U.S. House, Senate Pass Free Trade Agreements With South Korea, Colombia, Panama
By Len Bracken and Rossella Brevetti
Successive floor votes Oct. 12 by the House and Senate ratified the pending free trade agreements with Korea (H.R. 3080), Colombia (H.R. 3078), and Panama (H.R. 3079), clearing their way for presidential signature.
Because these bills implementing the agreements contain revenue elements, they were passed first in the House (Korea 278-151; Colombia 262-167; and Panama 300-129). The Senate passed the Korea FTA by a vote of 83-15; Colombia 66-33; and Panama 77-22.
The House also voted 307-122 to concur with a Senate amendment to the House-passed bill extending the Generalized System of Preferences (H.R. 2832). The GSP measure was used as a vehicle for the Senate amendment that would renew lapsed provisions of assistance for workers adversely affected by trade.
The three FTAs were negotiated by the Bush administration and have been bottled up in Congress for years due to concerns of congressional Democrats and later the Obama administration on auto and beef trade with Korea, worker rights and violence against trade unionists in Colombia, and labor rights and tax transparency in Panama. The Obama administration negotiated additional commitments with the three countries on these issues, including a wide-ranging action plan with specified benchmarks on labor rights with Colombia.
A House motion to recommit the Colombia FTA, offered by Rep. Sander Levin (D-Mich.) with instructions to add the House legislation aimed at Chinese currency manipulation, was defeated largely along party lines, 192-236.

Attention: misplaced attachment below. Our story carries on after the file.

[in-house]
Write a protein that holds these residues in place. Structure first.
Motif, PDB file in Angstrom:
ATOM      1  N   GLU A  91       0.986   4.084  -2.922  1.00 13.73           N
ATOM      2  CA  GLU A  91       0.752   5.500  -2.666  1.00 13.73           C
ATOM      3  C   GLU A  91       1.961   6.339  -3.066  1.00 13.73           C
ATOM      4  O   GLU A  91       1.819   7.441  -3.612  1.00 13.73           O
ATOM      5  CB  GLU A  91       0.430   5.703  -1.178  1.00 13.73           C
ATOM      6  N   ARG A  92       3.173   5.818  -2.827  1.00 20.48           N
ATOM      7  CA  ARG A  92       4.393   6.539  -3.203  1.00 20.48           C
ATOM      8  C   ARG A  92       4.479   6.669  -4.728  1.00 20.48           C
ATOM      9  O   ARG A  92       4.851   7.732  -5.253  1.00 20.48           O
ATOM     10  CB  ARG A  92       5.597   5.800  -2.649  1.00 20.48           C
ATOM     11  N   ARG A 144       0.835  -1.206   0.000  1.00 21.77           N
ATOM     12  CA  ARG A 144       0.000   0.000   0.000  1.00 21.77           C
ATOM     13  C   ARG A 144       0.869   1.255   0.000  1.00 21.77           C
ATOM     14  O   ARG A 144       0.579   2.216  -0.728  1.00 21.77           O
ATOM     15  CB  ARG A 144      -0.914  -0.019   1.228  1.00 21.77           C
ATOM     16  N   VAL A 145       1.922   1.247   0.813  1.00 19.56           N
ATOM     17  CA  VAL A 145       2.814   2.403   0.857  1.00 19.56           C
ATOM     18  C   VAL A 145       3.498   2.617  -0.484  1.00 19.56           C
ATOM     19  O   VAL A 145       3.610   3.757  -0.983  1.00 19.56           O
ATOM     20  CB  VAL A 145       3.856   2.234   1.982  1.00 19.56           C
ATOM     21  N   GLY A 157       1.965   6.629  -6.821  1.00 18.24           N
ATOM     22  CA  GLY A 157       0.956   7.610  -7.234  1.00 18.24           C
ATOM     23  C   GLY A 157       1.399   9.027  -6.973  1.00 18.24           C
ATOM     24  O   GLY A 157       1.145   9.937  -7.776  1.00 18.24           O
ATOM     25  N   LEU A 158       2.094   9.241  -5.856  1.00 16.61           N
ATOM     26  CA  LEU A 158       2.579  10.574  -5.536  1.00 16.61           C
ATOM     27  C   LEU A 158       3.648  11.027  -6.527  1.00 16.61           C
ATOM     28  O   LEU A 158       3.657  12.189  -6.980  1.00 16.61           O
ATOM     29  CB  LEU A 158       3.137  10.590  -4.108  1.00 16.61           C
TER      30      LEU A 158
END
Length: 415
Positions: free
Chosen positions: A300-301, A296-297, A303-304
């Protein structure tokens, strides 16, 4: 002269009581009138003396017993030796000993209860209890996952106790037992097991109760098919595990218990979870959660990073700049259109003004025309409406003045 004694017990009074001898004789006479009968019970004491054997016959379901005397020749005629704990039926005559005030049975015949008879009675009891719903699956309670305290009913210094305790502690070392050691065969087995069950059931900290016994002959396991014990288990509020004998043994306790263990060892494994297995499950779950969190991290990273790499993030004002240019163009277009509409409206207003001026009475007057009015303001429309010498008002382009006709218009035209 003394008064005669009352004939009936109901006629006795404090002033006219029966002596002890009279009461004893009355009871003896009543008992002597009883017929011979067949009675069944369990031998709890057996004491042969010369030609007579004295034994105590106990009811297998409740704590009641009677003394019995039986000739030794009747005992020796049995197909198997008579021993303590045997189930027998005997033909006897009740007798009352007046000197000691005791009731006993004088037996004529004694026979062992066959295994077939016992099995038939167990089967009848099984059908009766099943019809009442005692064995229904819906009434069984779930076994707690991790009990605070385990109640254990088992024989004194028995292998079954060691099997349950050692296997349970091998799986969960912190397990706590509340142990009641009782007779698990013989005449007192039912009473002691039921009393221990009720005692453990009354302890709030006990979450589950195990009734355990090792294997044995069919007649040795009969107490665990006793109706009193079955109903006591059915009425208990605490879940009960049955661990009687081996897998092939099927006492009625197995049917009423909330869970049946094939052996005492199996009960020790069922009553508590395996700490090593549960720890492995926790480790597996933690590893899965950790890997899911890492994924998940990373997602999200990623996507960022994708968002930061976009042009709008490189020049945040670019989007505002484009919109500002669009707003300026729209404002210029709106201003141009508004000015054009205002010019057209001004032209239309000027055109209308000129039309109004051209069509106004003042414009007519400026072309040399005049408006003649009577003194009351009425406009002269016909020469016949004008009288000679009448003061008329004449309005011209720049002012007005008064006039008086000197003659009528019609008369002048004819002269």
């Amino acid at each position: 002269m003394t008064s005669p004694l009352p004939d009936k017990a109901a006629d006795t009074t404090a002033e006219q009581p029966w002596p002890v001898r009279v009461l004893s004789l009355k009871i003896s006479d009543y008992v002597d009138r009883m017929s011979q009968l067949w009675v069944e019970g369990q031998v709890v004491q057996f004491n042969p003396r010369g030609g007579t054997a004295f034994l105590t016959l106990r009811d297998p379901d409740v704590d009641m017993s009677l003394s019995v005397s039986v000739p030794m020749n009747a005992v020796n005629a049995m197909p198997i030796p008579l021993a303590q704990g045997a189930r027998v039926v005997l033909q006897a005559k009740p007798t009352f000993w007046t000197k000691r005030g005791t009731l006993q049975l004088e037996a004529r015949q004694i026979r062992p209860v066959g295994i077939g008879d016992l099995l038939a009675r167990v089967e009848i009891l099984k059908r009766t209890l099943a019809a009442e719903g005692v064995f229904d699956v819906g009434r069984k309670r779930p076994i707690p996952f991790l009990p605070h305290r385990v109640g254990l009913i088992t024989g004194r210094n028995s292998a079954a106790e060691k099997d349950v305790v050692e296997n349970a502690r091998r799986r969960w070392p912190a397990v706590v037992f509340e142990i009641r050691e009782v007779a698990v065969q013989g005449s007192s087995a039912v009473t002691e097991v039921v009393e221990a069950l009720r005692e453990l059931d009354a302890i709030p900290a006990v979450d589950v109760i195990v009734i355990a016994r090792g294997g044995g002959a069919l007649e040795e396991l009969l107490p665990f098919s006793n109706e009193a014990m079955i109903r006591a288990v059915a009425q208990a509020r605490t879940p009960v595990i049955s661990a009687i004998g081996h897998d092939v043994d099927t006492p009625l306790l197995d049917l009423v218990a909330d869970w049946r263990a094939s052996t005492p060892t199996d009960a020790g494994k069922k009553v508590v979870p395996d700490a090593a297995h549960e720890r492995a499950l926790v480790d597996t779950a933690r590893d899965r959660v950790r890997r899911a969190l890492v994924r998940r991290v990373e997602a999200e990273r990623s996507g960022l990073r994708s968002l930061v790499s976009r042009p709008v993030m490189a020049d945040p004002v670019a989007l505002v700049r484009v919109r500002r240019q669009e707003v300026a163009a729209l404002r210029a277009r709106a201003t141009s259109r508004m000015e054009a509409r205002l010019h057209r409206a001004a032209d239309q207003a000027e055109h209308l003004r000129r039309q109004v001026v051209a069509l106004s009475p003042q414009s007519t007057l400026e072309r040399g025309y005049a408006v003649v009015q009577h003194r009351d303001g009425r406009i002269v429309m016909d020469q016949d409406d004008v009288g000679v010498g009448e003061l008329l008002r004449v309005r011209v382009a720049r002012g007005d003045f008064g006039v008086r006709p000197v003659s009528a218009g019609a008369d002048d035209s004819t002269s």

The House began debate late Oct. 11 for 30 minutes on each of the four bills following a vote on the rule for their floor consideration.
In the Senate debate on Oct. 12, supporters of the pacts hailed their job-creating potential, citing an administration estimate that implementation would create 250,000 new jobs.
However, opponents such as Sen. Bob Casey (D-Pa.) said that past experience shows that trade-related job expansion has been an unfilled promise to the people of Pennsylvania and across the country. Casey also charged that South Korea has engaged in currency manipulation.
Next Step TPP?
Several senators, including Sen. Rob Portman (R-Ohio), a former U.S. trade representative, criticized the Obama administration for not negotiating any new bilateral agreements since coming into office.
The administration is continuing negotiations launched by the Bush administration on a Trans-Pacific Partnership Agreement with Australia, Brunei Darussalam, Chile, Malaysia, New Zealand, Peru, Singapore, and Vietnam.
Senate Finance Committee Chairman Max Baucus (D-Mont.) said that once the pacts are approved, the United States should invite the new FTA partners to join the TPP negotiations. “We need to extend these negotiations to create even more jobs in America. Colombia, Panama and South Korea have clearly demonstrated their ability to make the far-reaching commitments that our trade agreements require,” Baucus said.
The participation of these new FTA partners in the TPP negotiations would help achieve a high-standard, 21st century agreement that spans the Pacific, Baucus said…